Online
2006; 2001
6.

The Second American Revolution: Part 2 [electronic resource]

The year 1954 can now be seen as a clarifying point of convergence in American history. Among other things, it was the year that brought the Supreme Court's decision to outlaw racial segregation in the schools of the United States. In this program, Bill Moyers, Ossie Davis, and Ruby Dee tell the story of how the New Deal, World War II, and postwar social changes set the stage for a long-awaited and hard-fought legal assault on the fortresses of segregation. The video also shows how the victory of 1954 sparked a decade of continuing nonviolent revolution that culminated in the Voting Rights Act of 1965.
Online
2010; 1984
7.

Presidents and Politics With Richard Strout [electronic resource]

This Bill Moyers program features news correspondent Richard Strout, who covered Washington and the White House from 1925 to his retirement in 1984. Strout's reports, filed for the Christian Science Monitor and The New Republic, are studied here not only as chronicles of American history but as milestones circumscribing our nation's capital-and its evolution from a "small town" to the nerve center of the free world. Strout speaks with Bill Moyers about presidents from Coolidge to Reagan, about Congressional lions, about mighty visitors like Winston Churchill, and about breath-taking speeches like Lyndon Johnson's impassioned plea for the Civil Rights Act.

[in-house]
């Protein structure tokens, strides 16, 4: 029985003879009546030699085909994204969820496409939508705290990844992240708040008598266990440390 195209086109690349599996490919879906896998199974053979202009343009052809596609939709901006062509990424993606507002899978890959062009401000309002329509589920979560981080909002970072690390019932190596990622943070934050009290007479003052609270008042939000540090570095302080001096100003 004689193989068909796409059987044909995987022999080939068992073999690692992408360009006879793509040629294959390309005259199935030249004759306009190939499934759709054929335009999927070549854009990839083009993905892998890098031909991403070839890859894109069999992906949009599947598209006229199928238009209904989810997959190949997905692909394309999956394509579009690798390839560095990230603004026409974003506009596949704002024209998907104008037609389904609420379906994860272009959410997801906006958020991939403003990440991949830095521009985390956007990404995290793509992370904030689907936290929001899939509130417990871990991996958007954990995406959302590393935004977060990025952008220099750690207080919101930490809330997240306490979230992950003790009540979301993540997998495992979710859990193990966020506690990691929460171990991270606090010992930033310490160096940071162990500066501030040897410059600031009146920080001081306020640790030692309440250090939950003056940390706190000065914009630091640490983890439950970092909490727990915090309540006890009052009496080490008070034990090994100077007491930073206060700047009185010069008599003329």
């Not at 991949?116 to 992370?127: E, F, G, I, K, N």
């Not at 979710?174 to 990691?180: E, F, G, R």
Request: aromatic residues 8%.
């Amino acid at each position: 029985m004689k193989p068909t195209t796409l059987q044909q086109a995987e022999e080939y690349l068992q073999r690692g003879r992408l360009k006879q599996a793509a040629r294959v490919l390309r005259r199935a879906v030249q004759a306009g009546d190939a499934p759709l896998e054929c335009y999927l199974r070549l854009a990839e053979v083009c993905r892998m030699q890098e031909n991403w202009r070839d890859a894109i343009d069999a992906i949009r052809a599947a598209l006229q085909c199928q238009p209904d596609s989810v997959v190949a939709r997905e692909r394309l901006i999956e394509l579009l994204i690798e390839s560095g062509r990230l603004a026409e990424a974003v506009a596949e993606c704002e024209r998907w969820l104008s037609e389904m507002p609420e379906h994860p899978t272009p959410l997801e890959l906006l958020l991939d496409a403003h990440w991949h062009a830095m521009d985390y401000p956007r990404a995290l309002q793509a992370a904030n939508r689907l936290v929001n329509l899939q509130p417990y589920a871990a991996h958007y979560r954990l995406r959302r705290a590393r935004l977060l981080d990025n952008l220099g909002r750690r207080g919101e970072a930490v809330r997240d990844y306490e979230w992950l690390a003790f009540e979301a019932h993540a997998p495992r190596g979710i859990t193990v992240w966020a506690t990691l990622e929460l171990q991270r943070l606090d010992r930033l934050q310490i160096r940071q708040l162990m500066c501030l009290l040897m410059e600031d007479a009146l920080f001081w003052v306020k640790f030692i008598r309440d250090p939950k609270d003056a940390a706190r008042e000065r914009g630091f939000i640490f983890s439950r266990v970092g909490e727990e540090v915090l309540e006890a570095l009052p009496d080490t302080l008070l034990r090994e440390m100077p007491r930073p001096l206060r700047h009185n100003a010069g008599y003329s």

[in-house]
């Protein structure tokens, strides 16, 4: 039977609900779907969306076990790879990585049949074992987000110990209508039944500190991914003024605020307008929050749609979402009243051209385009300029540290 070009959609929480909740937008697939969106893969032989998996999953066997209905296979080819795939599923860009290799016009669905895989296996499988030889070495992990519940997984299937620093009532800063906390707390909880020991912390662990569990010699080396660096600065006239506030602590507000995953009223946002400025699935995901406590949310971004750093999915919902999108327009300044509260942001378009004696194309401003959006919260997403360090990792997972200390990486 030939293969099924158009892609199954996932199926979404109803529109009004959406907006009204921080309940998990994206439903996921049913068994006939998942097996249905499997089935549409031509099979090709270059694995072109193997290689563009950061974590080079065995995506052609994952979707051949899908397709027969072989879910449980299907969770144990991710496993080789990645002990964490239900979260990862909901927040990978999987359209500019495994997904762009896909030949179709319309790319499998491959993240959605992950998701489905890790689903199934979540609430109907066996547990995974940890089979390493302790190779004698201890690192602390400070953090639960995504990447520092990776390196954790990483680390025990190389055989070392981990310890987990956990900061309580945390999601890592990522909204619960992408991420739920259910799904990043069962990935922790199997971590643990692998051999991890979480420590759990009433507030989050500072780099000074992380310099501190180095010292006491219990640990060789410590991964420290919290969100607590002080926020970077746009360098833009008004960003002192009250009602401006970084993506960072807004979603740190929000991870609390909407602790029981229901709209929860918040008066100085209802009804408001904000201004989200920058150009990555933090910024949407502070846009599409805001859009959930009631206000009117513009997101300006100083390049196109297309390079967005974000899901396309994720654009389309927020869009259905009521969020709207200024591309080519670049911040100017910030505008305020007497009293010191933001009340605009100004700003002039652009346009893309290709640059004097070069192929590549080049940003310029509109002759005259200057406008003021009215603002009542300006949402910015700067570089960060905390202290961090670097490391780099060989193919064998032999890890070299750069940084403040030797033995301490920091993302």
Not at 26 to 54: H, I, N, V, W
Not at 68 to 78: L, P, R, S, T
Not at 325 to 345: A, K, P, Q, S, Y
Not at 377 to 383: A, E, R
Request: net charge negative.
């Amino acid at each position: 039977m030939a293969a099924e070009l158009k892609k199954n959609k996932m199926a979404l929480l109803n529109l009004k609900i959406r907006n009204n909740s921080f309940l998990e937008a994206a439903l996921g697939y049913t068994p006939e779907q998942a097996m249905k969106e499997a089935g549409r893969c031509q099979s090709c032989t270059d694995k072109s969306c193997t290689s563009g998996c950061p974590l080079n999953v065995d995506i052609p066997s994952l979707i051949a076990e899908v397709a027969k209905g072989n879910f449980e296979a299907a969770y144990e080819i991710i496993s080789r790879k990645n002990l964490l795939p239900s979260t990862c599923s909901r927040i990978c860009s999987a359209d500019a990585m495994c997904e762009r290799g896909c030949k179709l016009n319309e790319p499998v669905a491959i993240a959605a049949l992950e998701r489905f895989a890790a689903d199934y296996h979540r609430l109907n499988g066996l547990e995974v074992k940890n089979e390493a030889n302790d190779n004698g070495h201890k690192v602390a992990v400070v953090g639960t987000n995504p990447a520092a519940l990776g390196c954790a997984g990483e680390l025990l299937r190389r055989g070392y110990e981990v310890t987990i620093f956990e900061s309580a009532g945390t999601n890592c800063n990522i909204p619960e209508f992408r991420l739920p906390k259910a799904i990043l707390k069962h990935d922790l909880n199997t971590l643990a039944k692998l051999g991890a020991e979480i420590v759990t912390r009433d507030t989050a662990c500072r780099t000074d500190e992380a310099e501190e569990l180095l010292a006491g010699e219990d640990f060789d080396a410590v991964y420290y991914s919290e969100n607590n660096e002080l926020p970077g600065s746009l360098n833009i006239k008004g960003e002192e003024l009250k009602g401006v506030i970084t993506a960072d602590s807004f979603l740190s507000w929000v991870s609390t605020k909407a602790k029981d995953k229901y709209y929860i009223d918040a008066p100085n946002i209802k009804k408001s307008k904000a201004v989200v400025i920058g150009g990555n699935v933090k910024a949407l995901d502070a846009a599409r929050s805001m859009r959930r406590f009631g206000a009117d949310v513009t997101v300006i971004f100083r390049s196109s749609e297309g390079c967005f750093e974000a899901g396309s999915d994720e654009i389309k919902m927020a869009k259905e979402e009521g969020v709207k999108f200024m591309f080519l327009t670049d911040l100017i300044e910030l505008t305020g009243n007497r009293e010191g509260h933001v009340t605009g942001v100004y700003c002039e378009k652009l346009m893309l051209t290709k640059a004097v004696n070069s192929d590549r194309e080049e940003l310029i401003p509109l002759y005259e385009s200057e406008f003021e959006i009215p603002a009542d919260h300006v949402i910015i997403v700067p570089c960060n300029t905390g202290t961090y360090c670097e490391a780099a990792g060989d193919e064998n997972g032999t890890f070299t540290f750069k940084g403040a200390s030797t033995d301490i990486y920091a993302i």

Online
2010; 1984
8.

Change, Change [electronic resource]

As this Bill Moyers program makes clear, television became another member of the family in the 1960s, both reflecting and influencing the era. The times were chaotic and TV whirled us into that chaos while also holding up a mirror to it: the assassination and funeral of John F. Kennedy, the Vietnam War, the Apollo moon landing, the saga of the Civil Rights movement and Martin Luther King, Jr. So swiftly was change upon us in the decade of the 60s, so swiftly did the landmarks pass, that all these years later it seems a ride through great upheaval and great promise-some of which was realized and some of which was impossible to fulfill.
Online
2010; 1984
9.